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A western lens on Indian Affairs

The US Commission on International Religious Freedom (USCIRF) on Monday, the    26th April 2022, came out with its Annual Report for 2022, listing India as a ‘Country of Particular Concern (CPC)’ – third time in a row.

India is among 15 countries flagged by the USCIRF for religious freedom concerns. The other countries are Afghanistan, Burma, China, Eritrea, Iran, Nigeria, North Korea, Pakistan, Russia, Saudi Arabia, Syria, Tajikistan, Turkmenistan and Vietnam.

The report notes that the “religious freedom conditions in India significantly worsened during 2021” blaming the Government of promotion and enforcement of policies negatively affect the religious minorities.

In this regard, the remarks made by India’s Minister of External Affairs, Mr. S. Jaishankar at a news Conference in the US on 13th April 2022 are relevant:

“People are entitled to have views about us but we are also equally entitled to have views about their views and about the interests and the lobbies and the vote banks which drive that……we also take our views on other people’s human right situation including that of the United States”

These comments, although made in context of human rights situation are equally relevant with regard to USCIRF report on Religious Freedom in India and their views about it. A vibrant democracy like India with population of over 1.3 billion comprising of various religions and beliefs is bound to have issues like these with a vast section of the society having diverging views and opinions about the human rights and religious freedom of a particular section of the population.

The trouble however starts when these views are guided by the vested interest, depending on the political affiliations – rightist or leftist, these interests have and facts and policies are then highlighted in a twisted and ‘out of context’ mode – it is here that the CAA becomes an ‘anti- minority’ law and NRC is projected as a tool to oust the religious minorities from the country. A particular section of media and political-intellectual class feeling marginalised in the current political establishment has also been very active in promoting the theory of victimisation and ‘non-tolerance’, guided more out of its desire to stay in limelight than any genuine concern to the plight of victims.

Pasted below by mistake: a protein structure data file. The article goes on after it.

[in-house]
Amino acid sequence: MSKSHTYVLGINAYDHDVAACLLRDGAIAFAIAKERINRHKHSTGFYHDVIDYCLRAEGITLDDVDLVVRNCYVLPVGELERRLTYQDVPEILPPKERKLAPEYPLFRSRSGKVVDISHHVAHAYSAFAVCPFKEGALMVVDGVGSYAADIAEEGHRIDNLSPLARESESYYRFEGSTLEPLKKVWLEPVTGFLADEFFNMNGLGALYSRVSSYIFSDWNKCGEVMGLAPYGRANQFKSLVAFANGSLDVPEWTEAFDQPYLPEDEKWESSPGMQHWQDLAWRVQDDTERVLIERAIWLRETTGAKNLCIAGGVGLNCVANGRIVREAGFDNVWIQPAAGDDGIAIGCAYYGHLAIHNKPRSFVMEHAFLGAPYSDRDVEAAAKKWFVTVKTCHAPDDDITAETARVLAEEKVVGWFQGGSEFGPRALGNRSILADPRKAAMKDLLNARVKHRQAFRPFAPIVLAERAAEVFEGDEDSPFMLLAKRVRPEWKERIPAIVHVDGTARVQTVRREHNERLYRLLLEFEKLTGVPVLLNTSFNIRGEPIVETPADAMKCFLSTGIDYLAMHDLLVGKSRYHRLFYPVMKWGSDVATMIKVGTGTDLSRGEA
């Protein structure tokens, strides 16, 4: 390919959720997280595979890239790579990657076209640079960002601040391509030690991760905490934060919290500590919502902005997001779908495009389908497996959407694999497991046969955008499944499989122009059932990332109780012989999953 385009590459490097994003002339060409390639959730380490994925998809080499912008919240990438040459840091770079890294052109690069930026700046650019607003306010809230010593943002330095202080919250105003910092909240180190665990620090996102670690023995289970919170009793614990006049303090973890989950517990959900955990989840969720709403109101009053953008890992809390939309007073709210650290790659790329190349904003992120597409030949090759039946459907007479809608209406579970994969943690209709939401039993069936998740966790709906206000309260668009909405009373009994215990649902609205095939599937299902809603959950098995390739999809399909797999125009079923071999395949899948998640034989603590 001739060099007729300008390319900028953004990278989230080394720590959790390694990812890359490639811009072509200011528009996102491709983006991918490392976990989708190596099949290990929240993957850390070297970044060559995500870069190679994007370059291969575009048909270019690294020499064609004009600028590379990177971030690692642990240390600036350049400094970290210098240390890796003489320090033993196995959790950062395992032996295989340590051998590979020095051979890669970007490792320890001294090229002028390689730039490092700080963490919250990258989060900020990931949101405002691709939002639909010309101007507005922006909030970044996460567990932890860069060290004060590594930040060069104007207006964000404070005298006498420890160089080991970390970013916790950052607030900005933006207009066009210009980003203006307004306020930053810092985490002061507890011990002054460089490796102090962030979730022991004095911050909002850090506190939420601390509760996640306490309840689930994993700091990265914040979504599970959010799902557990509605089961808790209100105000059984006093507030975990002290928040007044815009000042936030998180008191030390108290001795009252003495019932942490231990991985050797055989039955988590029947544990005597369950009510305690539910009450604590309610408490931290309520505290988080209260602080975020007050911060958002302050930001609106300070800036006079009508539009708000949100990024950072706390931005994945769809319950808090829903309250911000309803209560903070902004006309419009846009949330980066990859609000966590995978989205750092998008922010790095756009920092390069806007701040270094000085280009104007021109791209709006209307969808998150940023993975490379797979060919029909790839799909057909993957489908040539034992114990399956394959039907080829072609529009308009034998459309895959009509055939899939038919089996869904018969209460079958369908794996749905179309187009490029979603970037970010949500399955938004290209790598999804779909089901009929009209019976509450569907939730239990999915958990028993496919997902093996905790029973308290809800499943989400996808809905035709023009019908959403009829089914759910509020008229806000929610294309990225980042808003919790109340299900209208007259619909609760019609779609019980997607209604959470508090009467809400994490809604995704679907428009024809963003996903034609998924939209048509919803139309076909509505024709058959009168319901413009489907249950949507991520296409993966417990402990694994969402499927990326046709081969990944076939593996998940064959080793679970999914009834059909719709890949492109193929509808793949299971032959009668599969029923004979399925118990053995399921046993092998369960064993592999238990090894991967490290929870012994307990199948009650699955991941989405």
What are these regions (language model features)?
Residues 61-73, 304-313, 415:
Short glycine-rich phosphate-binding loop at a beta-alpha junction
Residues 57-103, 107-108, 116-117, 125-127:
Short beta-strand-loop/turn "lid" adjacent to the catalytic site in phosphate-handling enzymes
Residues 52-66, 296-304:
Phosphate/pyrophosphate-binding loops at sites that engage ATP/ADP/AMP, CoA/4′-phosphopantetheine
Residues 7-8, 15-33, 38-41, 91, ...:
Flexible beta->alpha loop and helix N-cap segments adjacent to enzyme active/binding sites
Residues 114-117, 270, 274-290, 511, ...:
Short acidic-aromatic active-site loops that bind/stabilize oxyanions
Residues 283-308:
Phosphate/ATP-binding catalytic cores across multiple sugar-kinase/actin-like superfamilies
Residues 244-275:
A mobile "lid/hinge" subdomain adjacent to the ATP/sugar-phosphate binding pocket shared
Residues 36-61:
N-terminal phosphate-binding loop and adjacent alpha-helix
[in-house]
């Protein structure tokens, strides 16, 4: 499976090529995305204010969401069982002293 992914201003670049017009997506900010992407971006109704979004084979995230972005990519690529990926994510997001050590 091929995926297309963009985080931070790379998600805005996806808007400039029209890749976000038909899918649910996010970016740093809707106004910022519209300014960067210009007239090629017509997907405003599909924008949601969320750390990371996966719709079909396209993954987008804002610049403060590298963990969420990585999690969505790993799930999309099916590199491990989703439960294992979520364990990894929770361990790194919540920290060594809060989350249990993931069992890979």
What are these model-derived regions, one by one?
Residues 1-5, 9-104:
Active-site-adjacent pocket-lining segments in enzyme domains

While the official response from Indian Government on USCIRF report is yet to come, it is very unlikely that the Government authorities in India are going to take any note of it, given that the Government of India in 2020 had labelled the USCIRF as ‘biased’ and ‘tendentious’ and calling it the “Organisation of Particular Concern” citing its low credibility.

The fact that USCIFR doesn’t find anything worth reporting about the religious freedom or hate crime conditions in Israel which is often in news for its high-handed approach towards the Muslim minorities in its own territory as well as in Palestine, or in France which passed an ‘anti-radical’ law in 2021 makes one wonder if a selective approach is being followed to single out and target the countries not submitting to the US hegemony or that are not towing the US line on international diplomacy. What else could explain this more clearly than the fact that while Russia with reported hate crimes of 833* in the year 2020 has been recommended to the listed as ‘Country of Particular Concern’, the report is completely silent on the US with more than 11000* reported hate crimes in 2020 or the UK with more than 125000* reported hate crimes in 2020

What is more appalling is that, in context of India, the panel in its Report wants the US Government to ‘Advance Human Rights of all religious communities in India and promote religious freedom, dignity and interfaith dialogue freedom, dignity, and interfaith dialogue…’. It makes one wonder whether another statute like FATCA or CAATSA is coming in US which will empower the US Government to intervene and ‘advance the human rights of various communities’ in other Countries?

To conclude, these word of EAM Mr.  S. Jaishankar which he spoke during the course of ‘Raisina Dialogues 2022’ summit at New Delhi this week are important. He said that “we have to be confident about who we are. It is better to engage the world on the basis of who we are. This idea that others define us, somehow we need to get the approval of other quarters, I think that is an era we need to put behind us”.

(*Source – Organization for Security and Co-operation in Europe (

*The views expressed are of the author’s personal and not of the WFY Magazine as the magazine’s stand is not opinionated

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